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Drinks You Should Have Regularly, According to the USDA

Here's what the USDA—and a few other health experts—recommend for you to drink.
FACT CHECKED BY Kiersten Hickman

Beverages are as much a part of our diet as the foods we eat, but often, we give them very little thought. After all, it's easy to feel full after a hearty lunch, but the same salad you eat could have fewer calories than a few bottles of your go-to soda. Since many drinks are high in sugar and offer very little nutritional value, it's vital to pay attention to what you're chugging. We investigated the types of beverages that are healthy for you in moderation, the ones you can rely on to sip regularly and reap the health benefits while sipping.

Here's what the USDA recommends for drinks you should have regularly, as well as a few extra recommendations from the CDC, and the Mayo Clinic. And for even more healthy tips, be sure to check out our list of The 7 Healthiest Foods to Eat Right Now.


water glasses

Of all of the drinks you have from morning to night, water is the most important. Good 'ole fashioned H20 is vital to maintain our digestive, immune, and every other system within the body. Without water, we wouldn't be able to survive. Here's What Happens to Your Body When You Stop Drinking Water.

As the USDA explains, we lose water through various natural functions every day, including sweating, trips to the restroom, and breathing!

In their article, they state, "therefore, we need a constant supply of water to maintain good health. Too little water can lead to dehydration, which impairs normal functions."

In fact, they say even mild dehydration can drain your energy and make you tired since the brain is 70% water. You should talk to your doctor about your specific needs, but aim for those eight glasses. And add more if you exercise daily or live in a hotter climate.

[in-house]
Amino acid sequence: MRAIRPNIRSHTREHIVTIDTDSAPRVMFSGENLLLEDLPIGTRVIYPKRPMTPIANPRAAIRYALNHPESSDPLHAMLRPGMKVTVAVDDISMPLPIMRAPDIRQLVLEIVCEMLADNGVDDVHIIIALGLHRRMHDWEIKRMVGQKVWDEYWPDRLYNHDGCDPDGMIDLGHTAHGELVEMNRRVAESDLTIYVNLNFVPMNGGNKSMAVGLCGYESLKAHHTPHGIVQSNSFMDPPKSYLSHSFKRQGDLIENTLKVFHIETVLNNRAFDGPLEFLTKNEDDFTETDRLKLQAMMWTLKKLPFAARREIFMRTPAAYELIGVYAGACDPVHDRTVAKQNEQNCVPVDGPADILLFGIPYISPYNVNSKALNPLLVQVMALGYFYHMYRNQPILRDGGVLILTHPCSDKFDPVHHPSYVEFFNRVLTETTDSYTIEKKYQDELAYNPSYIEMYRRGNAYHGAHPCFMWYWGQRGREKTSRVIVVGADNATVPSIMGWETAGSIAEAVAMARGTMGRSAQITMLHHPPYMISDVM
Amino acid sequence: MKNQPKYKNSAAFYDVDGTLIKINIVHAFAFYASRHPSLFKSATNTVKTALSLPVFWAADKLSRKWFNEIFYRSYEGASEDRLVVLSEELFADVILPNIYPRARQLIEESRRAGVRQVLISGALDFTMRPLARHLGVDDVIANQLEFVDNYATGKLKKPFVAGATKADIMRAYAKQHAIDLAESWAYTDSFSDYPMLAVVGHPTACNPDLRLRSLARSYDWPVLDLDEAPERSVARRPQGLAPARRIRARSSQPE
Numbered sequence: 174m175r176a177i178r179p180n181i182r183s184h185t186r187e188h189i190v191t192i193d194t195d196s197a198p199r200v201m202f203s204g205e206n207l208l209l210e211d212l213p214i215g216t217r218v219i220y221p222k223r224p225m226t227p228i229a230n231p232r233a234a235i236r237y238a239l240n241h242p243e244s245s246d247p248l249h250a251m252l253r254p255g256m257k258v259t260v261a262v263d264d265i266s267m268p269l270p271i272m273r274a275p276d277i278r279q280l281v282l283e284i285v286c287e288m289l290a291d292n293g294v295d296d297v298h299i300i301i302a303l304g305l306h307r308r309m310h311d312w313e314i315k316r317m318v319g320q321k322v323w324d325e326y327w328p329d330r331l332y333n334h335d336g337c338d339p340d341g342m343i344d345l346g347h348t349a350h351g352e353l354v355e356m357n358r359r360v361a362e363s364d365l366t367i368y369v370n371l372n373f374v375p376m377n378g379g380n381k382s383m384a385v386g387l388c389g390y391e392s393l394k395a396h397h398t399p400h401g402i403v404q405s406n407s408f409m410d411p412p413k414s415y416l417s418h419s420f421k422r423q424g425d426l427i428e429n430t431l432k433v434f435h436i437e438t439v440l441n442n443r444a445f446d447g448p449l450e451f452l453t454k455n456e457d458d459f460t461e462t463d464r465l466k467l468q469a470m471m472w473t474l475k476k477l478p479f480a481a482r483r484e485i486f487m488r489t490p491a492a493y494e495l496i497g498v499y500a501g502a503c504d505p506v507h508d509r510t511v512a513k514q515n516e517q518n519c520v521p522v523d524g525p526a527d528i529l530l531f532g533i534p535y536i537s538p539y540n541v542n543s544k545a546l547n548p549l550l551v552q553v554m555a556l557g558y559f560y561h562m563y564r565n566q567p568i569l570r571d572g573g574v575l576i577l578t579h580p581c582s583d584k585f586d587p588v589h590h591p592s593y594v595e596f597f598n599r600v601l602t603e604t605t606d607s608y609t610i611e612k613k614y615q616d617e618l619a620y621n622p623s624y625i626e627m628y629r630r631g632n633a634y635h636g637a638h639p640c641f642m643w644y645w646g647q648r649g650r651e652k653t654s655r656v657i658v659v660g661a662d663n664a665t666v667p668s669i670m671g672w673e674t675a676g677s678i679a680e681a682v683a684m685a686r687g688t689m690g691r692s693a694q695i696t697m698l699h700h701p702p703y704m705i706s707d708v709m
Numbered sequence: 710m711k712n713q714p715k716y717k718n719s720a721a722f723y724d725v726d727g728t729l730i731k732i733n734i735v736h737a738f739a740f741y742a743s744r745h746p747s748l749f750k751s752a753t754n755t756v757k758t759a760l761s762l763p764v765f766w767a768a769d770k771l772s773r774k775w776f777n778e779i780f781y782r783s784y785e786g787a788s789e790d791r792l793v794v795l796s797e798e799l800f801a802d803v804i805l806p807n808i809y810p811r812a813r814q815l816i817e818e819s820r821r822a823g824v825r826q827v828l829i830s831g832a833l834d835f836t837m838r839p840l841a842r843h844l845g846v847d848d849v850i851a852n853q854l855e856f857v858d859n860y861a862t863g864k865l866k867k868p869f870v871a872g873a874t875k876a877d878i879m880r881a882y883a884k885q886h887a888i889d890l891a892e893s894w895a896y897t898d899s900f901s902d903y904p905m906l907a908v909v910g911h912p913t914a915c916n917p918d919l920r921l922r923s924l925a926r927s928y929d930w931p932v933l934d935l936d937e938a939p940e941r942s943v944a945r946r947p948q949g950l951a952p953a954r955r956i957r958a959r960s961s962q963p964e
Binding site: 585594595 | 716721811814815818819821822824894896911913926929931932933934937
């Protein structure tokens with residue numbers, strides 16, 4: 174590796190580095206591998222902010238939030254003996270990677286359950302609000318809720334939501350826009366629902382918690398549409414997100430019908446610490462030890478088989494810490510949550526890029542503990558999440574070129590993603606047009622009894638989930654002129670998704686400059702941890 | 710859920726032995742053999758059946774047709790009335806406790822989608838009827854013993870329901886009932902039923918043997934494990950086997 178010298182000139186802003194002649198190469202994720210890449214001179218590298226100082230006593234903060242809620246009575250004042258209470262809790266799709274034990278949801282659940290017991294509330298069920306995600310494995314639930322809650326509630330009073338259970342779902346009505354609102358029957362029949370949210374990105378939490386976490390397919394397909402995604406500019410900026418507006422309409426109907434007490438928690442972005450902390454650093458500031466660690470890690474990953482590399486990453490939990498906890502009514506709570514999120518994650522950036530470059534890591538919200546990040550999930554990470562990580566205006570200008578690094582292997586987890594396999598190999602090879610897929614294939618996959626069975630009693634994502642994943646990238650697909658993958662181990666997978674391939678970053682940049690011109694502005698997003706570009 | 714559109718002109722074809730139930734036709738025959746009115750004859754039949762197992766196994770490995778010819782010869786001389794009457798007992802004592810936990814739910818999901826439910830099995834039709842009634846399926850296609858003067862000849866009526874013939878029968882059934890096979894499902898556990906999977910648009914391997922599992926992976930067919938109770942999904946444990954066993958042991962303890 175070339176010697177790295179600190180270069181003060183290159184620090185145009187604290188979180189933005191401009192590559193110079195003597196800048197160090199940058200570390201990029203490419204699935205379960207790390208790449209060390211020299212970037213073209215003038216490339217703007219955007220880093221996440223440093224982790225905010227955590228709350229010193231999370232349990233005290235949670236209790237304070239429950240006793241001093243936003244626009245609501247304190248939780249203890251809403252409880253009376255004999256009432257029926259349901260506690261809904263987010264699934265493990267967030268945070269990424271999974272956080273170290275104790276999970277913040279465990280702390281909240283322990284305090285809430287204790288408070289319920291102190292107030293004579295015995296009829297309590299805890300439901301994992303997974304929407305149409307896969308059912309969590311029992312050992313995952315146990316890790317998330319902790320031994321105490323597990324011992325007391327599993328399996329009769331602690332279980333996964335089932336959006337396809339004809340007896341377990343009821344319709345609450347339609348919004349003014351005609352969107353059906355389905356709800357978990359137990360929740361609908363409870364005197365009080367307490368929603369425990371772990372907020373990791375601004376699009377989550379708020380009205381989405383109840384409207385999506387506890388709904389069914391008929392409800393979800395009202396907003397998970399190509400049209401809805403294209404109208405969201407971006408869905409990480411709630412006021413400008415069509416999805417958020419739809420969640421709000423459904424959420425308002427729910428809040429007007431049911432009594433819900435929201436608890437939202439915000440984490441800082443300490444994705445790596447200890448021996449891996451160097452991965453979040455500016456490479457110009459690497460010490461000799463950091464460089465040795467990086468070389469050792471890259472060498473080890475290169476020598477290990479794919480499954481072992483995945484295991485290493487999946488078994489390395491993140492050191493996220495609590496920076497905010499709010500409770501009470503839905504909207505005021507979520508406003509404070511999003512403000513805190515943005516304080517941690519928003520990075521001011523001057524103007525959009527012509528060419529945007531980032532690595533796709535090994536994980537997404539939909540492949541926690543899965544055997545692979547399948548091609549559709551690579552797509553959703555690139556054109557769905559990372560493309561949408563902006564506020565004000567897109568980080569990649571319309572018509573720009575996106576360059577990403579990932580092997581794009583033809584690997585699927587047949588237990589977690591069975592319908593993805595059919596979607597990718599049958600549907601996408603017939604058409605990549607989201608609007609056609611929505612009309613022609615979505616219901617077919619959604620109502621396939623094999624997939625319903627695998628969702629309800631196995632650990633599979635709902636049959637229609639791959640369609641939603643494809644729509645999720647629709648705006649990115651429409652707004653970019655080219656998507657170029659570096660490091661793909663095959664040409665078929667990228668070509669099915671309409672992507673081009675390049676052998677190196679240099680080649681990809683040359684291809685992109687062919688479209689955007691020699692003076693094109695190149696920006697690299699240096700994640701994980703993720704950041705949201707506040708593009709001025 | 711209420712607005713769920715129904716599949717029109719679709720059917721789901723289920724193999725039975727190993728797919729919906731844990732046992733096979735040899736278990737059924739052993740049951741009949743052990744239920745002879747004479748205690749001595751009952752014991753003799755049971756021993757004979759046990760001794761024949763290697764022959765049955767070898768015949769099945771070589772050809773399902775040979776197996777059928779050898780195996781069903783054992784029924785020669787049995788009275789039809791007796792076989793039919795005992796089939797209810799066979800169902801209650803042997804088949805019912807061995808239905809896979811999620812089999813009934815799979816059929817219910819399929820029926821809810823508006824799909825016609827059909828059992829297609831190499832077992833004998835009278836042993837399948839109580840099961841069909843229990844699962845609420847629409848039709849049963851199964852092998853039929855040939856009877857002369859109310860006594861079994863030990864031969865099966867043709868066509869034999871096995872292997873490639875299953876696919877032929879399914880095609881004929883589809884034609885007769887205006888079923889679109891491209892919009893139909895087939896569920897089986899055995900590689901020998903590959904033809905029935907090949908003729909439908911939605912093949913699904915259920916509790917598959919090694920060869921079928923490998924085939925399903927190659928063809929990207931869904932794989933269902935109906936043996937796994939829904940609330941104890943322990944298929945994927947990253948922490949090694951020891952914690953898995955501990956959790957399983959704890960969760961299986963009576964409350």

Sugar-free beverages

vegetable juice

We hate to break it to you, but those pre-packaged juices and smoothies likely have added sugar. And nearly all forms of soda, even the diet ones, carry some sort of sweetener that isn't good news for your health.

As the USDA explains, it's vital to choose beverages (and foods!) that moderate your sugar intake. Most of the time, they warn, drinks are not a serving size, so it's recommended to check all labels to understand better what you're consuming.

"Many items sold as single portions actually provide two servings or more," they write.

One example is a 20-ounce container of a soft drink, which is fairly standard at a fast-food restaurant.

Sadly, they add, In the United States, the number one source of added sugars is non-diet soft drinks. Instead of having these, choose sparkling water with real fruit ingredients, or other sugar-free beverages. Or, make your juice or smoothie at home with whole fruits and vegetables, or use one of these 27 Best Immune-Boosting Smoothie Recipes.

Coffee or tea.

green tea being poured into cup

If you're a coffee or green tea fan, we have good news for you: you can keep up your habit. That is, as long as you aren't loading it up with a ton of milk and sugar.

Caffeine, in general, isn't terrible for you, as long as you moderate it. The Mayo Clinic says up to 400 milligrams of caffeine a day appears to be safe for most healthy adults. This is roughly the amount of caffeine in four cups of brewed coffee (watch out for cold brew or espresso, which has more) or two cups of green tea.

If you are pregnant, nursing, or sensitive to caffeine, speak to your doctor about what amounts you can safely have each day.

Drinks with calories and important nutrients


Though each individual's needs will vary greatly depending on their lifestyle, fitness activity level, and other factors, generally speaking, a woman needs 2,000 calories per day, and a man needs 2,500. As long as you can stay within these guidelines and feel fulfilled, the CDC says it's okay to add in drinks with essential nutrients. These include low fat or fat-free milk, fortified milk alternatives such as unflavored soy or almond milk, or 100%  fruit or vegetable juice contain essential nutrients such as calcium, potassium, or vitamin D.

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